Why I Can't Watch Lesbian Porn (As a Lesbian Woman)

By Anonymous

Art by Sophie Williams

According to Pornhub’s annual reports, lesbian porn consistently tops the list of most popular porn genres every year, especially for women. But listen — here’s my dirty little secret. As a lesbian woman, I’ve never been able to watch it. Enjoy it, I mean. There’s no shortage of possible explanations: internalized misogyny, internalized homophobia, an inability to watch any porn that I could even remotely imagine myself in — you name it. But to give you a fuller picture, it feels important that I share a little bit about me. I’m a cisgender woman who identifies as lesbian and/or queer, and I don’t have a preference for feminine or masculine partners. I’ve never had sex with a man and I don’t really plan on it, ever. In fact I couldn’t think of anything worse. And yet, lesbian porn has never “worked” for me the way it should.

Perhaps looking at Pornhub’s viewership data will help us put things in perspective. Pornhub’s 2019 Year in Review[1]includes a handy little map depicting the most popular porn genres by country. From the map, we can see that lesbian porn is the most popular genre in most of the Americas, Australia, and Northern Europe. But as much as I love seeing the word “LESBIAN” sprawled over the entirety of North America, it’s also slightly terrifying that so many people are getting off to lesbian porn — very possibly more than the amount of queer people who even live in North America. Which means there’s no doubt that some — and probably most — of lesbian porn’s viewers are straight. To some extent, the reverse is true as well: In 2015, the indie magazine Autostraddle conducted a survey[2] of over 8,500 queer women, finding that 54% of bisexual women and 41% of lesbian women watch straight porn. And this isn’t because mainstream sites like Pornhub don’t offer enough lesbian content — clearly, people are demanding it. See above. Is it puzzling to you? Maybe it shouldn’t be. Though it sounds unintuitive at first, the fact that our porn fantasies often differ from our real life fantasies actually isn’t too big of a stretch. (No pun intended.)


After all, porn was never meant to accurately reflect our real life desires. Sex in porn is not meant to feel good; it’s meant to look good. But we are real human bodies, playing out desire in the real world — not the Valley, not Hollywood, not fiction. Contrary to lesbian porn’s depiction of queer sex, scissoring is fucking hard. And nails can hurt. And we don’t all look like Mila Kunis. Contrary to what straight porn would have you believe, only 20% of people with vaginas can orgasm from penetration alone. And oral isn’t just foreplay. And spending ten seconds on someone’s clit just won’t cut it.

So maybe it isn’t my fault that titles like “BUSTY Lesbian DOMINATES Hot Straight Friend With MASSIVE Strap On!!”[3] don’t make me feel all warm down under. “Lesbian” porn, particularly the kind produced by the largest porn companies, is not created with queer people in mind, and it certainly isn’t an accurate representation of what sex between two non-male people looks or feels like. Maybe that’s the reason why straight porn tends to work for me in the same way lesbian porn often doesn’t. Because straight porn never claimed me as its audience, and indulging in it feels a little scandalous, deliciously hypocritical. On the other hand, watching “lesbian” porn feels like indulging in a fantasy that should be mine but never was.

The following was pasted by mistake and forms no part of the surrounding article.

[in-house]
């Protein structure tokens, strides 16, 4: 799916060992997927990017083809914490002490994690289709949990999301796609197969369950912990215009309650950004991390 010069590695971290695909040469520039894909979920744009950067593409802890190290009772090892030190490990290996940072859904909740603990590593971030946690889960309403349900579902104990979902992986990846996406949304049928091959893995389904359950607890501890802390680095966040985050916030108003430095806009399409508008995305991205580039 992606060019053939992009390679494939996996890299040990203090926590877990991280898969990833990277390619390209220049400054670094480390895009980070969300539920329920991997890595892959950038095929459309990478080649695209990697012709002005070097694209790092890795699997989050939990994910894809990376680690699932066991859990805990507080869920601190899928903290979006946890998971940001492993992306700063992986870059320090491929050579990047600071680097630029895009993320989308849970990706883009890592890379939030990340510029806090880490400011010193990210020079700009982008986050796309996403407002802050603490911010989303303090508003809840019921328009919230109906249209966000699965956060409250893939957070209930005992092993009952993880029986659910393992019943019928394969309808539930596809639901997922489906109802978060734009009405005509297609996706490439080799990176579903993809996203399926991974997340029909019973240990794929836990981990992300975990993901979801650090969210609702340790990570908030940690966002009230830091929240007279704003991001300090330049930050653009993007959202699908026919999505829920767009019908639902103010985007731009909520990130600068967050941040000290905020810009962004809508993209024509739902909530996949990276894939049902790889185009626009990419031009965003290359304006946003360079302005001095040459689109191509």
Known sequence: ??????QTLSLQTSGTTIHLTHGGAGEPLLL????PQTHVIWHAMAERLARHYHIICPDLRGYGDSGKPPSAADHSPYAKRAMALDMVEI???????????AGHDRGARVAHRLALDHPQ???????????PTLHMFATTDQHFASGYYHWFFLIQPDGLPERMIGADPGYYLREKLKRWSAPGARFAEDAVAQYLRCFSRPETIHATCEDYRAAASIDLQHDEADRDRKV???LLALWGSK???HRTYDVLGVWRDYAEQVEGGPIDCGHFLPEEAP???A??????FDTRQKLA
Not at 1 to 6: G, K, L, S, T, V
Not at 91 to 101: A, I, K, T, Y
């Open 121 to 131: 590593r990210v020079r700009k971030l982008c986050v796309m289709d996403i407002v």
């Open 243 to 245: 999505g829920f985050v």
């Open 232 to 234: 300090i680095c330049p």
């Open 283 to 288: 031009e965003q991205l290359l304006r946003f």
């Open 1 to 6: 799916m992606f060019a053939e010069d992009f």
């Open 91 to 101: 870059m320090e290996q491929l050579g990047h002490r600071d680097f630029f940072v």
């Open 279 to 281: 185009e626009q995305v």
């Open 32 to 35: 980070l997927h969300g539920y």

All this isn’t to say that lesbian porn is bad, or that no queer person should watch lesbian porn, or that my reasons are the same reasons for other queer folks who are also unable to watch lesbian porn. All this is only to say that the porn industry needs to do better. In some ways, it already is: as alternatives to traditional porn, we’re now offered more options for feminist and ethical porn that pays workers fairly and treats performers with respect. But regardless of our sexuality, we should all remain critical about what our viewership habits might be programming us to desire. Porn may not always reflect our real life fantasies, but overexposure to content that espouses gender-based violence, imperialist ideas of dominance, and racialized power dynamics could eventually seep into our own sex lives if we’re not vigilant.

So this is my declaration that I’m no longer accepting scenarios that are simply “good enough,” or only approximating what I really want. If that means watching no porn, then so be it. This is also a collective declaration that we all deserve the kind of pleasure we can say an ecstatic yes to. And none of us should settle for anything less.






[1] “2019 Year in Review,” Pornhub Insights, https://www.pornhub.com/insights/2019-year-in-review.

[2] “87% of Queer Women Are Into Porn or Erotica, But Not All Of It Is Lesbionic,” Autostraddle, June 18, 2015, https://www.autostraddle.com/87-of-queer-women-are-into-porn-smut-andor-erotica-285552/.

[3] Hayley Macmillen, “An Awful Lot of People Are Watching a Lot of Awful ‘Lesbian’ Porn,” Out, December 14, 2018, https://www.out.com/entertainment/2018/12/14/awful-lot-people-are-watching-lot-awful-lesbian-porn